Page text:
Rotten Rottie Rescue does NOT ALLOW OUT-OF-STATE ADOPTIONS;
•The best possible match always takes precedence over who came first. Please do not take it personally if another family is chosen for a specific dog. We foster our dogs in private homes for anywhere from one to four months (or more) in order to get to know them and their needs. Our decisions are based on that knowledge and the history of the dog, along with the circumstances and/or schedules of the adopter. Some dogs require less one on one time than others. Still some are in need of more schooling. Others may be best suited with or without other pets or children. There are many factors involved in the decision-making process and one’s ability to love and nurture a dog is not the only criteria. •We make every effort to learn as much as we can about the temperament, health, training level, behavioral issues, special needs, and history of each dog. Each dog is hands-on evaluated prior to placement and introductions to other pets and family members in the household are conducted before approval to adopt •All of our adoptions require that the dog live indoors as a member of the family. NO EXCEPTIONS •A safe, secure, fenced yard and clean indoor sleeping area is required. We generally place only senior or special needs dogs in apartments. •All adoptions require a completed adoption questionnaire PRIOR to being shown any available dogs, followed by a home visit. •Tethering as a means of containment or transport in the open bed of a pick up truck is in violation of the terms of our adoption contract and can result in repossession.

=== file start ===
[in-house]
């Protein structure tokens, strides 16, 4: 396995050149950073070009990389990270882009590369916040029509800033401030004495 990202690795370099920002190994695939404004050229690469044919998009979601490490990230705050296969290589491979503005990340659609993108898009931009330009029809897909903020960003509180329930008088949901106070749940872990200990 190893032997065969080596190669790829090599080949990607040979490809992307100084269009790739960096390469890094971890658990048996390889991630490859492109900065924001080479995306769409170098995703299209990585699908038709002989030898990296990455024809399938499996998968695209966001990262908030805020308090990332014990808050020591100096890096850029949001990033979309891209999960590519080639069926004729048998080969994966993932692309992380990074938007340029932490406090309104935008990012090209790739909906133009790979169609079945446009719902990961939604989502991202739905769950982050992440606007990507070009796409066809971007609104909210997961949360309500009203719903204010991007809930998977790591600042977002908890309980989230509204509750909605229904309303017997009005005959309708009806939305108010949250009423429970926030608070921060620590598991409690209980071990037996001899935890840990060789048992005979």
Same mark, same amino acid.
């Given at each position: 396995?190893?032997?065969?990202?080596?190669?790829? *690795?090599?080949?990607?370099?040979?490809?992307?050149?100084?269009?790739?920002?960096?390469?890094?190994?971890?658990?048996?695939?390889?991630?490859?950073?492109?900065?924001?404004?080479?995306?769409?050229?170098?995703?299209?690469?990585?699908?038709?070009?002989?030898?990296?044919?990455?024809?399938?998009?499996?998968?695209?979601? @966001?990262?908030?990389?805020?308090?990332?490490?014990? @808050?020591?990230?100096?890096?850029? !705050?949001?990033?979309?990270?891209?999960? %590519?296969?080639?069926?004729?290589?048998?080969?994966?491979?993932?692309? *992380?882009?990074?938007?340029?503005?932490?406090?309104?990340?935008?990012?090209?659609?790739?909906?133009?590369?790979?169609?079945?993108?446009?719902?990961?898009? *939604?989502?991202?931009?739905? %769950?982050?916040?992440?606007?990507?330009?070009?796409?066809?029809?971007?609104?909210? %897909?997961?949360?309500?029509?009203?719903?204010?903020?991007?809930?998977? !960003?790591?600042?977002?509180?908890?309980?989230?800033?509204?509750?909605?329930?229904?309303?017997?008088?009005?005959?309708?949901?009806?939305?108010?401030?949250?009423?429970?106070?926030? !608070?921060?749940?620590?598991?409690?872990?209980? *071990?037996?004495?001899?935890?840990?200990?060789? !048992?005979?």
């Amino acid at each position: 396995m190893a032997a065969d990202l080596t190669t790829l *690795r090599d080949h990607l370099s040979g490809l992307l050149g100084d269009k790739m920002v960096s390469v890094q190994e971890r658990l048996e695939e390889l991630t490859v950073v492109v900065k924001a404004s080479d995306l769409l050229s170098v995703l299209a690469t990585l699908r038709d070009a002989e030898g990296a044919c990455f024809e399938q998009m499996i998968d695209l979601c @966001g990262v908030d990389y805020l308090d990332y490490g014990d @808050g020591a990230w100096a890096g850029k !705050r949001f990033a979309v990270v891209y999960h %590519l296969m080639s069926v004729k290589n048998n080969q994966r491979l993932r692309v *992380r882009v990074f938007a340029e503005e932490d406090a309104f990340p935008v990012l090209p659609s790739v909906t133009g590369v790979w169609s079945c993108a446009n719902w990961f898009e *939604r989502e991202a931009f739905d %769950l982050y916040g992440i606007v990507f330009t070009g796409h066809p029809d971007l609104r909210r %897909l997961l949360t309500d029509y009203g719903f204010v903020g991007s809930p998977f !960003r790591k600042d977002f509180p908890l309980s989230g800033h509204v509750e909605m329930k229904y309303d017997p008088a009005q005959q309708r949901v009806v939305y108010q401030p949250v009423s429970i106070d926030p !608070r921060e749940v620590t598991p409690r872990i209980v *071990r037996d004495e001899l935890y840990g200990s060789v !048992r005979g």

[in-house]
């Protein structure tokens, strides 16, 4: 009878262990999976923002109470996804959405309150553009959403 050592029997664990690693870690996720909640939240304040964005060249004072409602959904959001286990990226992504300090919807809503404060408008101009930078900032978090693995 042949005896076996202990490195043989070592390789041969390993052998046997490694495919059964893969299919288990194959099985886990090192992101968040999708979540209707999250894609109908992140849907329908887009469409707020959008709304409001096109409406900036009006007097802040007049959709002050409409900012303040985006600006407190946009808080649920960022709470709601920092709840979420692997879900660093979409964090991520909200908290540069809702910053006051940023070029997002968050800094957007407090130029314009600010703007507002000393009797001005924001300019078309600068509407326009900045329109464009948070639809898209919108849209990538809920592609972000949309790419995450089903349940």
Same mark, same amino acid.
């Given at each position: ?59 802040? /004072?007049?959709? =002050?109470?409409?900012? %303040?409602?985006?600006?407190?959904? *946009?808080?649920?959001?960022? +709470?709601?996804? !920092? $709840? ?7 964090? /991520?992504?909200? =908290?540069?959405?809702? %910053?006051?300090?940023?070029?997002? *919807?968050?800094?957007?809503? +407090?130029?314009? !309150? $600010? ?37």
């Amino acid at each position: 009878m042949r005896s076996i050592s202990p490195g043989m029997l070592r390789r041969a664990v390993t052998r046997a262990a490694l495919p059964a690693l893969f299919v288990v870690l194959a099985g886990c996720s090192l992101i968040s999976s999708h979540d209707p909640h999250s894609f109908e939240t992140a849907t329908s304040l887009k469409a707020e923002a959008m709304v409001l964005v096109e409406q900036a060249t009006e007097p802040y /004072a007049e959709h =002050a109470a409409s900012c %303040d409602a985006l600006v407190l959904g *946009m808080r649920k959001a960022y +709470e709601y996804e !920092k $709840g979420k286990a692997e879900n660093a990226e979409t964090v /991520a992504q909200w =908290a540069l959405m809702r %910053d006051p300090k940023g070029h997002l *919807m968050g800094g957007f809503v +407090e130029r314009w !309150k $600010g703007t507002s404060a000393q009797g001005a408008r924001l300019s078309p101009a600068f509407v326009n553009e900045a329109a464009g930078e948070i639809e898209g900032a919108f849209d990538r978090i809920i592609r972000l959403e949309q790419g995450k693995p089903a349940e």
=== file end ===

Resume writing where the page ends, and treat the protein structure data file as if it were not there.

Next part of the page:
•Some, not all, contracts require that, after an initial acclimation period, you and your dog be enrolled in and complete an approved obedience class. •We rarely place 2 female Rottweilers into the same household. One Rottweiler with some other large breed dogs of the same gender can also be problematic. YES, it can work; however, it is more likely than not that a problem will developed at some point even if the initial meet and greet were to go well. We would be happy to elaborate when we speak. When looking into a third dog, we ask that you consider the impact that adding a third dog will have on the dynamic of your existing pack. We also require that any and all dogs already in residence be spayed or neutered. •If you own a small animal it will be difficult for us to feel comfortable placing one of our dogs with you. We normally discourage adoptions to families with small dogs and other small mammals for obvious safety reasons. Not all of our rescued dogs have been exposed to small animals while in foster care or with their previous owners. While initial meetings could go well, this does not guarantee compatibility after they have shared a residence for a period of time. There always exists an element of risk with Rottweiler’s living with much smaller, particularly very active mammals. In special circumstances we have dogs who we know do well with small dogs and cats. If we happen to have a dog that fits that criteria than we would consider adopting him or her into a household with same. •All rescue dogs are required to be spayed or neutered, vaccinated and microchipped prior to placement. Most of them are heart worm tested as well. We have addressed and treated any illness or injury prior to adoption and we will disclose this information to the adopter prior to adoption. •Renters are required to provide written proof from the owner of the property stating that you have permission to have a rottweiler on their property. •If you have just moved into a new home and your rear yard is all dirt, we are unable to place a dog with you until there is dust containment in the form of grass or gravel or both. This is due to the skyrocketing incidence of Valley Fever we are seeing in such environments. We will be happy to work with you after your yard is landscaped. •If you are new to the Valley and would like more info on Valley Fever, please educate yourself on this illness. It can affect animals and people alike. •We follow up with our placements for a minimum of six months. •Minimum age for adopters is 25 years. •Folks in their 60's to 80's are all different, as are their lifestyles, health and activity levels. Generally speaking, however, we prefer not to place very young dogs with the elderly. We ask that you seriously consider the dog's needs and be realistic as to how well you are able to fulfill them. Please give thought to any physical challenges, as well as your ability to accommodate the dog's need for exercise, training and socialization for the rest of its life. What might have worked very well in the past may not be quite the same now. Keeping the dog's best interest in mind usually results in a successful placement •We are available to address questions, problems or concerns for the life of the dog; however, we are not responsible for any bills (veterinary or otherwise) which occur after the dog has been adopted. •Please don't come to rescue in the hopes of getting a "perfectly trained" dog or getting a "bargain" or of "getting" anything. Come to rescue to give, to love, to save a life and to mend your own spirit. For a rescue dog will reward you in ways you never thought possible. •Rescued dogs run the gamut from previously neglectful or even abusive situations, untrained and unsocialized, sick or just plain having lacked proper veterinary care, to trained, well cared for dogs merely victims of circumstances or life's changes such as divorce, illness, death or financial difficulties. •Some were back-yard bred and others papered from titled parents. Some have been thrown outside or isolated and are depressed, anxious or just uncertain. This is why we "live" with our dogs for a period of time prior to rehoming. We get to know them, we learn what type of home they would best fit and we work with any issues that might have resulted from having had indifferent or uneducated owners. We know that they're ALL living beings, with a spirit, heart and feelings and they deserve as much love, care and respect as the next Westminster champion. Why is your criteria so specific; I thought I was doing you and the dog a favor by adopting? While we feel that adoption is the only way to go and the partial solution to the overwhelming problem of over-population, we also want a good fit between dog and owner. The success of our policies are reflected in our return rate! While filling out our adoption questionnaire please fill out each question honestly and completely. Too much information is always better than not enough. It lets us get to know you. You will see different scenarios on the questionnaire that ask for you to tell us how you would handle each situation. Please do not answer these questions with answers like “don’t have a child, NA” or “ I would train the dog not to do that” or “that has never happened to me” these types of answers tell us nothing and indicate to us that you have no idea how to handle the dog. If you choose to answer these questions, with such answers, we may respond with “ we do not feel we have a dog that would be a good match for you at this time” We do not have the time to try to coax a proper answer from you. If you do not know how you would handle those situations, it’s ok to say that and then tell us what you might try or where you would turn for help. By taking the time to match a dog's temperament, energy, drive levels and needs with a potentional adopter's household we further ensure that the dog will spend the rest of its' life where we place it. Asking questions and establishing parameters are known to equate with success. We know why these dogs are in a rescue situation and make every effort not to duplicate the mistakes previously made, usually at the dog's expense. We also know that statistically, well over 50% of all adopted animals are no longer in that adoptive home after the first year. ABOUT ADOPTION FEES: Adoption fees vary with each dog and typically range from $200.00 to $500.00. In the case of some special needs or senior dogs there is no adoption fee, rather, a freewill donation. Fees are set taking into account the dog's age, training level, temperament, medical condition(s) if any, and other factors. Some dogs require that hundreds, even thousands of dollars and many weeks or months be spent before they are ready for adoption, others do not. Adoption fees are used, not only to rescue and place the dog you are personally adopting, but to aid in the future rescue and rehabilitation of other deserving dogs. Veterinary and lab charges, gas, boarding/fostering costs, equipment, training et al, have all risen to the point that most adoption fees are not covering each dog's expenses. Adoption fees are necessary. If we did not charge fees, our rescue efforts would quickly come to an end. Our greatest expenses include the cost of: gas, microchips, vet visits & surgery, blood work and lab fees, spays/neuters, medications, vaccinations, dog food, collars, leashes, crates & toys, websites, domain names and ISPs, and training, and sometimes we even have to pay adoption fees to rescue a dog. Office expenses add up as well. Rescue is an expensive undertaking, both financially and emotionally; we are motivated strictly by our passion and concern for Rottweiler dogs. We are volunteers. We volunteer our time...countless hours every day...knowledge and experience. We are by no means wealthy. We do not make a profit and seldom break even. Adoption fees come in and go right back out to the next rescued dog. No staff member or board member of Rotten Rottie Rescue is compensated in any way. Rotten Rottie Rescue is a non profit charity which relies soley on donations and Rehoming/adoption fees.